Louie (Louis C.K.) continues his vain efforts to find love, learns that it’s often not a good idea to drop in on relatives you haven’t seen in a long time, has an odd encounter with an old friend, and travels to Afghanistan to entertain the troops.
Louis C.K. did it. He took the time off between seasons of Louie and worked out the kinks, turning a funny but even show into one of the three best comedy series currently be broadcast. The first season was good, but this sophomore season of the FX show is great, a big step forward in quality. It’s still a bit too messily ambitious to be perfect (although when it comes to faults, that’s not exactly a bad one to have), but C.K. is getting awfully damned close to absolutely nailing it.
I caught these episodes when they first aired, but I eagerly anticipated the chance to see them again. They’re that good. And they hold up extremely well under repeat viewings. My favorite episode from this bunch, “Country Drive,” was painfully funny the first time out, even funnier the second time. I can relate to its content (the elderly aunt Louie takes his young daughters to visit reminded me of some of my own relatives, a fact I’m not exactly proud of; the term she uses for a certain type of nut is something I grew up hearing, and learning the term isn’t just a regional thing did nothing to lessen my revulsion), and I found myself laughing in anticipation of what I knew was coming. That’s a rare quality.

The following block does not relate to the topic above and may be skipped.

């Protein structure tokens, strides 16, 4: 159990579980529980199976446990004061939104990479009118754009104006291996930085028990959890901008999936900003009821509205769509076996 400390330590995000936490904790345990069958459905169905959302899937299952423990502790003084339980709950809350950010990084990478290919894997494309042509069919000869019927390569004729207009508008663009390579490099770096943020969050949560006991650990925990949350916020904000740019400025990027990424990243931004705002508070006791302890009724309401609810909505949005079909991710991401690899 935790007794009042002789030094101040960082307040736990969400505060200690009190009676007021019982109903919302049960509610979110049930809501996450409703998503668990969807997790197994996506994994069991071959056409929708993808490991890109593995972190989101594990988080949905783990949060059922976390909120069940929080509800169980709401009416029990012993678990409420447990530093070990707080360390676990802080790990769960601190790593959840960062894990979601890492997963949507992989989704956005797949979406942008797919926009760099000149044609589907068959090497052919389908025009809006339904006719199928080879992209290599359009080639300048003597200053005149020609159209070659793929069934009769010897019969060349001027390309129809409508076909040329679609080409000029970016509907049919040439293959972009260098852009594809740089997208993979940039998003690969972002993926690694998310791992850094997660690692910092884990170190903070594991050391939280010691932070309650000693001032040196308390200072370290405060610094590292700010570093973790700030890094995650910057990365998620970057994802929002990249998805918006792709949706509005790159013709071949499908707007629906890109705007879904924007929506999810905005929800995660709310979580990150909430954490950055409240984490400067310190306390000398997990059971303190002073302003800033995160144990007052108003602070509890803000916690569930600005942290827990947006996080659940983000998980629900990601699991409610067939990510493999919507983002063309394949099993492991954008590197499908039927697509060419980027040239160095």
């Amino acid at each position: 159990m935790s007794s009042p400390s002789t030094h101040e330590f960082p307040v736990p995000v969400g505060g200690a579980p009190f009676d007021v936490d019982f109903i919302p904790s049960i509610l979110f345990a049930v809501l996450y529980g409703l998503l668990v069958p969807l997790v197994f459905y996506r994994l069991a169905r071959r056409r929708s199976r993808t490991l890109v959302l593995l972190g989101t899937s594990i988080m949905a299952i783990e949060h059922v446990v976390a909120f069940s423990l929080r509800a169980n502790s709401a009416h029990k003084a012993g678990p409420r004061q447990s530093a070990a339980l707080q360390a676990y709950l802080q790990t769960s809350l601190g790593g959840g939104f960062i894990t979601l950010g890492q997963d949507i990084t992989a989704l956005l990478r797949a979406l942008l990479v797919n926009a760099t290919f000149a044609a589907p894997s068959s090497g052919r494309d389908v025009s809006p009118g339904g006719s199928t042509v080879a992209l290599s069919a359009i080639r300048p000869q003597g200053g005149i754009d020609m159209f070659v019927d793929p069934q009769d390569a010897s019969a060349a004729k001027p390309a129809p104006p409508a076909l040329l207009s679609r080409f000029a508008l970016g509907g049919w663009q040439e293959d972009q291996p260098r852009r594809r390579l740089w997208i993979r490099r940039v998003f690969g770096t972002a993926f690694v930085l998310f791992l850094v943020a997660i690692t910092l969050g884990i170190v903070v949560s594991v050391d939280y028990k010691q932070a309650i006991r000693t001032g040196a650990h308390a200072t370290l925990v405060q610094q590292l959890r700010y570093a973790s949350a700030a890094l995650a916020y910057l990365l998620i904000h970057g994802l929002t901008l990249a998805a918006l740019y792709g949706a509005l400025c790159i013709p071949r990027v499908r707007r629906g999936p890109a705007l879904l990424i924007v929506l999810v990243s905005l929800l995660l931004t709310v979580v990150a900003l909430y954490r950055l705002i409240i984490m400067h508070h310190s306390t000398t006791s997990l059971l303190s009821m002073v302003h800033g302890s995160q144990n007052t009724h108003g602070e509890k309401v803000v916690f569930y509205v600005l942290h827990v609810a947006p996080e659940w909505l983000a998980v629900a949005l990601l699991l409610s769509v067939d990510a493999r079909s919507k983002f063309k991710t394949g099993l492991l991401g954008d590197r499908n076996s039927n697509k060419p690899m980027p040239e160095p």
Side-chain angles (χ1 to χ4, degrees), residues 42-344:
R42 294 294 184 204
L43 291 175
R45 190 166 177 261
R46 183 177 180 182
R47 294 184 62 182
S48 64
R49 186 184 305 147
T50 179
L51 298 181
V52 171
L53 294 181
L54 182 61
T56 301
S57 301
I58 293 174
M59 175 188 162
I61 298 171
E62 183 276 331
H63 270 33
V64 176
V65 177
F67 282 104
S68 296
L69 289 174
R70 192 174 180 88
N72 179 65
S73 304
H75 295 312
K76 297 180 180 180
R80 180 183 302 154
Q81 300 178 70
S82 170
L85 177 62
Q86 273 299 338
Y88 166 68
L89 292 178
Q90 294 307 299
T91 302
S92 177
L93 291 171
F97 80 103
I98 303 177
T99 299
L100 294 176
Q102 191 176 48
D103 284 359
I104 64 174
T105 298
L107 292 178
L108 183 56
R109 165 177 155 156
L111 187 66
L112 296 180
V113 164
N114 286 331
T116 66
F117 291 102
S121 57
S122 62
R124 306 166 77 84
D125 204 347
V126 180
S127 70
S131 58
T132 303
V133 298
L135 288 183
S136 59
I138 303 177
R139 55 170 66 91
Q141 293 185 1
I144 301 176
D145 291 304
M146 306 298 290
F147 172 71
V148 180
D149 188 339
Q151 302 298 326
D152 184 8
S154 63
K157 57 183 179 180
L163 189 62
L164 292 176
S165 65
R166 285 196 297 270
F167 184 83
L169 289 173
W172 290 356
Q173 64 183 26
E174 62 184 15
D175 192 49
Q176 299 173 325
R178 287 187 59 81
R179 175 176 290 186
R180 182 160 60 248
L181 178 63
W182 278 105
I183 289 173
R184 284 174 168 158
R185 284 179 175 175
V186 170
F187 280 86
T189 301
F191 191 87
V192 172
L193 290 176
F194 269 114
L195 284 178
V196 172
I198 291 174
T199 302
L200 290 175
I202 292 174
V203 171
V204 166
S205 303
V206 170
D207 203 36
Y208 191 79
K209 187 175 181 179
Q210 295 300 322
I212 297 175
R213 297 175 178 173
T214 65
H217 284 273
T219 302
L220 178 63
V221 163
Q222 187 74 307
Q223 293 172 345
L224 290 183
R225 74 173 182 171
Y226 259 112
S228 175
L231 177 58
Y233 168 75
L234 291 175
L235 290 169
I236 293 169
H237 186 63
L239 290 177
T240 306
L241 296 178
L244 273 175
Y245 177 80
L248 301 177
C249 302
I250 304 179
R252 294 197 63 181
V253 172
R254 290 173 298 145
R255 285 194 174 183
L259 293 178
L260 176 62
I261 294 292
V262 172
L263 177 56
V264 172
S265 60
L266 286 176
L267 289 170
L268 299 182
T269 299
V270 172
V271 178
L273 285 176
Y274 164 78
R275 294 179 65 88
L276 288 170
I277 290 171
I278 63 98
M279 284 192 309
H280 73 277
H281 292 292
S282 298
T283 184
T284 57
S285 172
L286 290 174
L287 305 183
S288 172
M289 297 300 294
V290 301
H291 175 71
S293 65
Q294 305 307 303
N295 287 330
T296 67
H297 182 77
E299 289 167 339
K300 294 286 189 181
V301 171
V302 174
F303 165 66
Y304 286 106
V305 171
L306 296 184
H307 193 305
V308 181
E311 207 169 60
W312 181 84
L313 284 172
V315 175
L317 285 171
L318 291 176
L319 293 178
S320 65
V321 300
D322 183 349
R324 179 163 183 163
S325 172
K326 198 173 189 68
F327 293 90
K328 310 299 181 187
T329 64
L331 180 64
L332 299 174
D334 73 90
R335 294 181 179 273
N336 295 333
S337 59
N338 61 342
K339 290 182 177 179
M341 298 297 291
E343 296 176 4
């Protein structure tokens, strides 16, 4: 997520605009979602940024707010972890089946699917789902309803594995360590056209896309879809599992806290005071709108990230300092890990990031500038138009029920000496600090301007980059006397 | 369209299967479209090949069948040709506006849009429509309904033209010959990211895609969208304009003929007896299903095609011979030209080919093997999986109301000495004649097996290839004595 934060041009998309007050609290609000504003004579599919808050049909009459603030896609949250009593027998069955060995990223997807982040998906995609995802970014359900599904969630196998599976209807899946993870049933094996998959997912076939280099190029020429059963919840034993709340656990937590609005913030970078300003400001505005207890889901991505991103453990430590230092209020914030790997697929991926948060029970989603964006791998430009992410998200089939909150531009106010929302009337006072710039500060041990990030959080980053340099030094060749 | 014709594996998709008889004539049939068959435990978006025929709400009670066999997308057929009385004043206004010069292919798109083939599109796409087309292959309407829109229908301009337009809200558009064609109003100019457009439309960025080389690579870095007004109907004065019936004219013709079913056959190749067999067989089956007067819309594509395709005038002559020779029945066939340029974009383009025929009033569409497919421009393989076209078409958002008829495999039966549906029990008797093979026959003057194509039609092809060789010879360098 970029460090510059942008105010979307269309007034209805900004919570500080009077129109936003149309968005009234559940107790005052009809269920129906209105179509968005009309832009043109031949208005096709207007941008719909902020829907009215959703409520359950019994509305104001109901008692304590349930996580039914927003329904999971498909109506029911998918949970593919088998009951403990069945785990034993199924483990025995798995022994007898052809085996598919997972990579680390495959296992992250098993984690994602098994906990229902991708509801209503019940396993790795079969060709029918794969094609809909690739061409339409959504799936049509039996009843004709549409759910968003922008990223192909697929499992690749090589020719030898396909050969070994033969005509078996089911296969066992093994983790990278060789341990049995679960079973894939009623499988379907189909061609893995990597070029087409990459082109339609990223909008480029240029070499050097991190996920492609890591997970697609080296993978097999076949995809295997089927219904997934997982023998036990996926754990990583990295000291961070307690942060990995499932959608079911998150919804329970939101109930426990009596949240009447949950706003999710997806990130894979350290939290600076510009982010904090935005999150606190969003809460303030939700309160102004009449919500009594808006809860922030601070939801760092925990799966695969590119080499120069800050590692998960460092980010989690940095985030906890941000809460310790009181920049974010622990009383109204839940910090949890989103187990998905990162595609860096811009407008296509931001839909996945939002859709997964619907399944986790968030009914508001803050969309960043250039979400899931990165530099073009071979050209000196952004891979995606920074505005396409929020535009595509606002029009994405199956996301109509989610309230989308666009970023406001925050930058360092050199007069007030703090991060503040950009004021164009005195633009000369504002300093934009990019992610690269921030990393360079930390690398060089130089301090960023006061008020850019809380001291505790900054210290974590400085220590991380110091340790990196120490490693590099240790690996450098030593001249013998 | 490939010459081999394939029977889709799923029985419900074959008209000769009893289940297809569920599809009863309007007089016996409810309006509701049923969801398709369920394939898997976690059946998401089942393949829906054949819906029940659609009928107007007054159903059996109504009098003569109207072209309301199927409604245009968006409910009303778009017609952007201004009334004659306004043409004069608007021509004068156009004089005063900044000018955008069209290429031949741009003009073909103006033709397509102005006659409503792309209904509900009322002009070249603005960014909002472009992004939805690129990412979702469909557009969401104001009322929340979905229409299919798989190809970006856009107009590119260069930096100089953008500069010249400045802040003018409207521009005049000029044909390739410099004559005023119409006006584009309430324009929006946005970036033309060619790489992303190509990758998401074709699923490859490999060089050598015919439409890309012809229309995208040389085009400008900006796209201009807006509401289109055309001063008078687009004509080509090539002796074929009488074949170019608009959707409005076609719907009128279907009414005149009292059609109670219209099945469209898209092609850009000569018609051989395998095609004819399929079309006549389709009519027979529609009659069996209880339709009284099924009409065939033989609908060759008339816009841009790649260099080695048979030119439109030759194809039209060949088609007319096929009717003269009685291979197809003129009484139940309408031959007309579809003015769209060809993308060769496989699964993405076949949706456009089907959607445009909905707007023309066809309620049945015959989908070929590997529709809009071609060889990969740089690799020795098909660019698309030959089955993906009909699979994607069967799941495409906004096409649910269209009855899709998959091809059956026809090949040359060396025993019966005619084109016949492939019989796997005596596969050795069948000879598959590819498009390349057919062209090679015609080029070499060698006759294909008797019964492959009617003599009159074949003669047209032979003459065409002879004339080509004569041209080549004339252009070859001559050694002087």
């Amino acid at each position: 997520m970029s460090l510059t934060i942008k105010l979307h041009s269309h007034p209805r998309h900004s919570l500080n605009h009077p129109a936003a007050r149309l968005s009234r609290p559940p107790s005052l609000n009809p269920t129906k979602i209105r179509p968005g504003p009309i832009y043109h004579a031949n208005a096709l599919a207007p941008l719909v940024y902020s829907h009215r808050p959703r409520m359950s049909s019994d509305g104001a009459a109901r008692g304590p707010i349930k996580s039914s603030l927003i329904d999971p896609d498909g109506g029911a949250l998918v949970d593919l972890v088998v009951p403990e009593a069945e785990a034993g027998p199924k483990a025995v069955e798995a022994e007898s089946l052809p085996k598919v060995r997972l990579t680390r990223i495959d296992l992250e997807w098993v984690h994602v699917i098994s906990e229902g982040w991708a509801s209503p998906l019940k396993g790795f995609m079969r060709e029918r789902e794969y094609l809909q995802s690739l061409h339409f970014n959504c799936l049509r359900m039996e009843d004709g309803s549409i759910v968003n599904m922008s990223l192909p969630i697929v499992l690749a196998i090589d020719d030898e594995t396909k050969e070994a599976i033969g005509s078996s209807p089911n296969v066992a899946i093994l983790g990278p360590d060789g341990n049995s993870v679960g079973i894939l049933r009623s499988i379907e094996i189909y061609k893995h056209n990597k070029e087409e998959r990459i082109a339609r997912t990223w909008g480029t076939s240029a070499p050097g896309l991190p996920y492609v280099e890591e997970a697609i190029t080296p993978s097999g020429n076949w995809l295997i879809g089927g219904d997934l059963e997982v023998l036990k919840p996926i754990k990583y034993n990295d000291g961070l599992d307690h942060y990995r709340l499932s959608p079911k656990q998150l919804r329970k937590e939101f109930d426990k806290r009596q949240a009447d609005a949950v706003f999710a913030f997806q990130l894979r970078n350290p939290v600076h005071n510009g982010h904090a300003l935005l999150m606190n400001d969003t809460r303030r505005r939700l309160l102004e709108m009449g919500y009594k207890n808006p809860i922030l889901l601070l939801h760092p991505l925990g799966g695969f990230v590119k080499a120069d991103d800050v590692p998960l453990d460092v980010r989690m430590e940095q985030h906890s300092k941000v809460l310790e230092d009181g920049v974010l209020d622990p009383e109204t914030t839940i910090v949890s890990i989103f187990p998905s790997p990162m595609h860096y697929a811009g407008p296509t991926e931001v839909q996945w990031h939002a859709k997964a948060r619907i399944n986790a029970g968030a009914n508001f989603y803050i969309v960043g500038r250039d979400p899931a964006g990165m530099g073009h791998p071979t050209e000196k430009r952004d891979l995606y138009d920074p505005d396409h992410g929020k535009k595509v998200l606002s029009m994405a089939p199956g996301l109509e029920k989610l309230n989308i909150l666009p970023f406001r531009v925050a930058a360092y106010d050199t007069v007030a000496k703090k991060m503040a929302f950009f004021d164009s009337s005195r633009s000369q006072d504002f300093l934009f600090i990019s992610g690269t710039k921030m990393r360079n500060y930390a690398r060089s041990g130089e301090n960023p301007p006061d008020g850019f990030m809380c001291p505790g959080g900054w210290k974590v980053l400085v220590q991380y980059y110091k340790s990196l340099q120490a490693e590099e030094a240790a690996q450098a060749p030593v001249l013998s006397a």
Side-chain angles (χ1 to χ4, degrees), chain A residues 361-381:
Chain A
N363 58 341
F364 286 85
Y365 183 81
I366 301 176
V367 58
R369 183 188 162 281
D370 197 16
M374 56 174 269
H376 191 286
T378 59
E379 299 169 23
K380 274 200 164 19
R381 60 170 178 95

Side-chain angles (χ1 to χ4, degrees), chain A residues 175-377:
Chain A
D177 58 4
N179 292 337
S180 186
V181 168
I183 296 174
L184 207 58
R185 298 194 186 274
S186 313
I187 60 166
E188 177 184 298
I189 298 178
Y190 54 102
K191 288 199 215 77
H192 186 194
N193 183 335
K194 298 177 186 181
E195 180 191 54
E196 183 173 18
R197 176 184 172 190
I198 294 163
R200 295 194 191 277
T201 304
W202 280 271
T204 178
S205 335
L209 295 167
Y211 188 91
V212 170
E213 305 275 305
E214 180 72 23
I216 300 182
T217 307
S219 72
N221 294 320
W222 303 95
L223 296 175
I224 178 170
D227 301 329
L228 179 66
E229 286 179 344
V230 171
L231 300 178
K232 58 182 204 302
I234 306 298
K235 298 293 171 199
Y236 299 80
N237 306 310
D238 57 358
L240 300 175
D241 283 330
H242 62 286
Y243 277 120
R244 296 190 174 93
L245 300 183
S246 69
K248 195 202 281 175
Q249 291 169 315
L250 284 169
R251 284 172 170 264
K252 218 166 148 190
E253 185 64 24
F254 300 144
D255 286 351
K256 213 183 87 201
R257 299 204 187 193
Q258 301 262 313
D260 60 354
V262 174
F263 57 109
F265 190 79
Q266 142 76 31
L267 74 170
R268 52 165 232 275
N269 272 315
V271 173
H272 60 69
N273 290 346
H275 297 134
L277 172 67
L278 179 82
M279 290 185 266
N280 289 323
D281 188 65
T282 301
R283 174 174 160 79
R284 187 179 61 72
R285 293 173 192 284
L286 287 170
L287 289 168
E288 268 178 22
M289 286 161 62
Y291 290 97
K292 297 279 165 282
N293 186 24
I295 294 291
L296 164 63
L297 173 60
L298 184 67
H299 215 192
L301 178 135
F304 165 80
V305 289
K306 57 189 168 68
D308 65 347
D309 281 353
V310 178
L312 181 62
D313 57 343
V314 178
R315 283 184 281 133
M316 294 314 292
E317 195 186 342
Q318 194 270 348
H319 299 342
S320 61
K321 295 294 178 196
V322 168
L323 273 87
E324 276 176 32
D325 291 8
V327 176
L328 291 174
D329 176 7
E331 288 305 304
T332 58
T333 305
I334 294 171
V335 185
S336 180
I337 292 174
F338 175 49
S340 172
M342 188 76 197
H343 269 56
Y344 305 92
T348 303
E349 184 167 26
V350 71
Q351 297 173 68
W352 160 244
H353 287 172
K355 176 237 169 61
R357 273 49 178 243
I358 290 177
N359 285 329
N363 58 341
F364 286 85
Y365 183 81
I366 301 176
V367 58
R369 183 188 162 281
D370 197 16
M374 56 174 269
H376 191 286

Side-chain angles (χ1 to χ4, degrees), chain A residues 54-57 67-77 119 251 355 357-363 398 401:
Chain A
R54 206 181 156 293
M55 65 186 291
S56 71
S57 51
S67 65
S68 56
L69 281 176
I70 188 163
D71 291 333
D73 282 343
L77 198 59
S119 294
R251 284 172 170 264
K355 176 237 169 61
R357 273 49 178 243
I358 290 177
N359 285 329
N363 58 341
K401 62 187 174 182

Pamela Adlon is credited with helping devise plots for a couple of the episodes here, but C.K. is credited with all of the scripts. He also directed and edited all of the episodes. That was more or less the case with Season One, and in my review of that season I wondered if the workload was too much for C.K., thinking that his being the sole creative force was the source of the show’s unevenness. It now looks as if it was simply another case of a show needing time to find its footing. A lot of great shows have had less-than-stellar first seasons, not actually becoming great until their second years (Cheers, Parks and Recreation), and that’s the case here. Sure, it’s still too early to tell if Louie will end up a truly great show, but there’s no question this is a truly great season.
C.K.’s arrangement with FX remains the same: he keeps the budget down, the network allows him to do whatever he wants. Aside from an ongoing storyline in which Louie and Adlon’s character don’t hook up (which culminates in as great a takedown of climactic airport scenes as you’re ever likely to see), there’s no firm continuity from episode to episode or season to season. Depending on what C.K. is looking to achieve with any given episode, the tone can range from juvenile (one story is little more than masturbation jokes, but they’re great masturbation jokes) to darkly dramatic.
An entire episode here revolves around an old friend of Louie’s (played by Doug Stanhope) who grows tired of getting nowhere in his comedy career and plans to kill himself. There’s no way in hell that sort of thing would fly in a series in any way controlled by a studio; the chance of it being okayed is pretty much nil, and if someone did okay it there’s no way it would play out as it does here, as it’s obviously the work of a singular vision, not watered-down or made by committee. And it works. It jerks you around exactly the way C.K. wants, deftly navigating its emotional terrain.